Breeding and Non-breeding Survival of Lesser Prairie

Brian L. Pierce, Roel R. Lopez, and
Nova J. Silvy
Department of Wildlife and Fisheries Sciences
Texas A&M University
College Station, TX 77845
► Leopold (1933) stated
that “measurement of
the stock on hand” was the essential first step
in any wildlife management effort.
► Herein
we provide an overview of factors that
should be considered before choosing a
method to estimate population abundance, the
pros and cons of using various methods, and
available computer software, so that the reader
may make informed decisions based upon their
particular needs.
Statistical Definitions
Population: A group of animals of the same species occupying a given
area (study area) at a given time.
Absolute abundance: Number of individuals.
Relative abundance: Number of individuals within a population at 1
place and/or time period, relative to the number of individuals in a different
place and/or time period.
Population density: Number of individuals per unit area.
Relative density: Density within 1 place and/or time period, relative to
the density in another place and/or time period.
Population trend: Change in numbers of individuals over time.
Census: A total count of an animal population.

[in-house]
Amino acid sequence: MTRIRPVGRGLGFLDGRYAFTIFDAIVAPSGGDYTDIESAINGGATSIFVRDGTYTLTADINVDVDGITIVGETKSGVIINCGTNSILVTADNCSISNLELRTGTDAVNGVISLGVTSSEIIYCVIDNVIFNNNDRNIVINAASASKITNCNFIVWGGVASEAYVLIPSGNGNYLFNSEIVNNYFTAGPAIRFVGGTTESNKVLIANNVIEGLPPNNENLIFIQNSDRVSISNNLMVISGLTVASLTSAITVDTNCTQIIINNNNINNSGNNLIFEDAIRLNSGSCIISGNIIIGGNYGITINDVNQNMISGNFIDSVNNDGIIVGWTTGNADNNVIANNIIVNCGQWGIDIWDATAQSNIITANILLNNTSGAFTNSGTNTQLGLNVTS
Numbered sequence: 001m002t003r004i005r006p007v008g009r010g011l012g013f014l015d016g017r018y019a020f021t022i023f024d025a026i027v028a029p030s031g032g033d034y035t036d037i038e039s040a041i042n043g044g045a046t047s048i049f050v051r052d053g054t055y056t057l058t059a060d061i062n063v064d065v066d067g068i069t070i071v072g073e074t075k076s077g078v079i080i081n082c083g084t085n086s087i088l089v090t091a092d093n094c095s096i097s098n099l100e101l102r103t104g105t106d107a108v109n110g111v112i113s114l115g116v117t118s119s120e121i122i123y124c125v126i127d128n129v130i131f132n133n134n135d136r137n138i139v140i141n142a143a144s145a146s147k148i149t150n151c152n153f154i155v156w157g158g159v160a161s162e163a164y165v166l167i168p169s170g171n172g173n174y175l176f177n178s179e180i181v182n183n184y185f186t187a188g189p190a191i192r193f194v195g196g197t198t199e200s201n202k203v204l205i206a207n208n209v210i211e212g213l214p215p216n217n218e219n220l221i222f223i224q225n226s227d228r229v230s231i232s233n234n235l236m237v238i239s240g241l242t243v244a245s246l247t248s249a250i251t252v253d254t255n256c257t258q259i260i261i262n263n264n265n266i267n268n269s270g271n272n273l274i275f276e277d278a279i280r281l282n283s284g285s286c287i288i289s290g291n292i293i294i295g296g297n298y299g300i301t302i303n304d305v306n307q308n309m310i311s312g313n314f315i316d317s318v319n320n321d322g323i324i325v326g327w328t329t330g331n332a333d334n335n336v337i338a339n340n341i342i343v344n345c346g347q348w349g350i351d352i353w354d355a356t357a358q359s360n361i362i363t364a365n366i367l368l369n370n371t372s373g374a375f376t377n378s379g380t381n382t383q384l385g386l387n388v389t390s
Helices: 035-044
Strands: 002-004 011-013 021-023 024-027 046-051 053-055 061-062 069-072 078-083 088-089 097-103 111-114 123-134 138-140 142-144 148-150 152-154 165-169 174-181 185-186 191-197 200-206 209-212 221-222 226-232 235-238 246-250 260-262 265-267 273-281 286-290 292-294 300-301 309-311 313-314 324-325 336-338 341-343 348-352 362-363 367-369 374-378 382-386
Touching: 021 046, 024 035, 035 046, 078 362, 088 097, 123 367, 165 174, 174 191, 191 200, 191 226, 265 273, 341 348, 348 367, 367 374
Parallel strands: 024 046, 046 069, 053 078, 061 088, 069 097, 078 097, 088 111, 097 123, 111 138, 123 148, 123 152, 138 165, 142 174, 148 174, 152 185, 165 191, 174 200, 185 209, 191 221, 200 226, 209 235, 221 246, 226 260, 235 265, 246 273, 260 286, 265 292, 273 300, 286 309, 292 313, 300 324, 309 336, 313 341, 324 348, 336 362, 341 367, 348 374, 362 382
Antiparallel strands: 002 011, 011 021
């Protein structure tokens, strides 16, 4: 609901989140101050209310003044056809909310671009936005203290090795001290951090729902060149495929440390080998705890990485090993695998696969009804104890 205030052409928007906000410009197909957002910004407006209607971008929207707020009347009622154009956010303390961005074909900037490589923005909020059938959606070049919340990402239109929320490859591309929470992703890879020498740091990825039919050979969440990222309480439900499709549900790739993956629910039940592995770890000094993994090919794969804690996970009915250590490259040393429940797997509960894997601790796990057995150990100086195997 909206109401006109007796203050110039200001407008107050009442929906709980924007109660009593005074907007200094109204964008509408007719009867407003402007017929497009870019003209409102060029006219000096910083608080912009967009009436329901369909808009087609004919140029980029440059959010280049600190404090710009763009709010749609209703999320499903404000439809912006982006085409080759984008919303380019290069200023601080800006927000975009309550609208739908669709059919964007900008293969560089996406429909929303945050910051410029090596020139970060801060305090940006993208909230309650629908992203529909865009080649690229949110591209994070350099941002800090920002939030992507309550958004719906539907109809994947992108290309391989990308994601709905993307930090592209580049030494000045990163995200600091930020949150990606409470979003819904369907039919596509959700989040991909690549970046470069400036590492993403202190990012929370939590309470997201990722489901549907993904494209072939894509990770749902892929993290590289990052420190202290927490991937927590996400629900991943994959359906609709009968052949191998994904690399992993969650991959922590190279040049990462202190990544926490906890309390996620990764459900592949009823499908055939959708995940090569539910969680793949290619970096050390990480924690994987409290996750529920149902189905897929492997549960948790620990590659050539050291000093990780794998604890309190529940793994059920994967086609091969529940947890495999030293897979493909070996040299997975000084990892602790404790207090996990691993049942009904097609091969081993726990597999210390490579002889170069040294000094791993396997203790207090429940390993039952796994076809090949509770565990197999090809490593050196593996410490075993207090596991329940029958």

Census method: The method (i.e., spotlight count) used to obtain data
for an estimate of population abundance.
Statistical Definitions
Population estimate: A numerical approximation of total
population size.
Population estimator: A mathematical formula used to
compute a population estimate calculated from data collected
from a sampled animal population.
Closed population: A sampled population where births,
deaths, emigration, and immigration does not occur during the
sampling period.
Open population: A sampled population this is not closed.
Population index: A statistic that is assumed to be related to
population size.
Detection probability: The probability that an individual
animal within a sampled population is detected. Synonyms
include: observability, sightability, catchability, detectability,
or probability of detection.
Statistical Definitions
Parameter: An attribute (i.e., percent females) of a population. If you
know the parameters of the population, you do not need statistics.
Statistic: An attribute (i.e., percent females) from a sample taken from
the population.
Frequency of occurrence: Observed number of an attribute relative to
total possible number of that attribute (e.g., individual was observed on 4 of
5 spotlight counts).
Accuracy: Is a measure of bias error, or how close a statistic (i.e., a
population estimate) taken from a sample is to the population parameter
(i.e., actual abundance).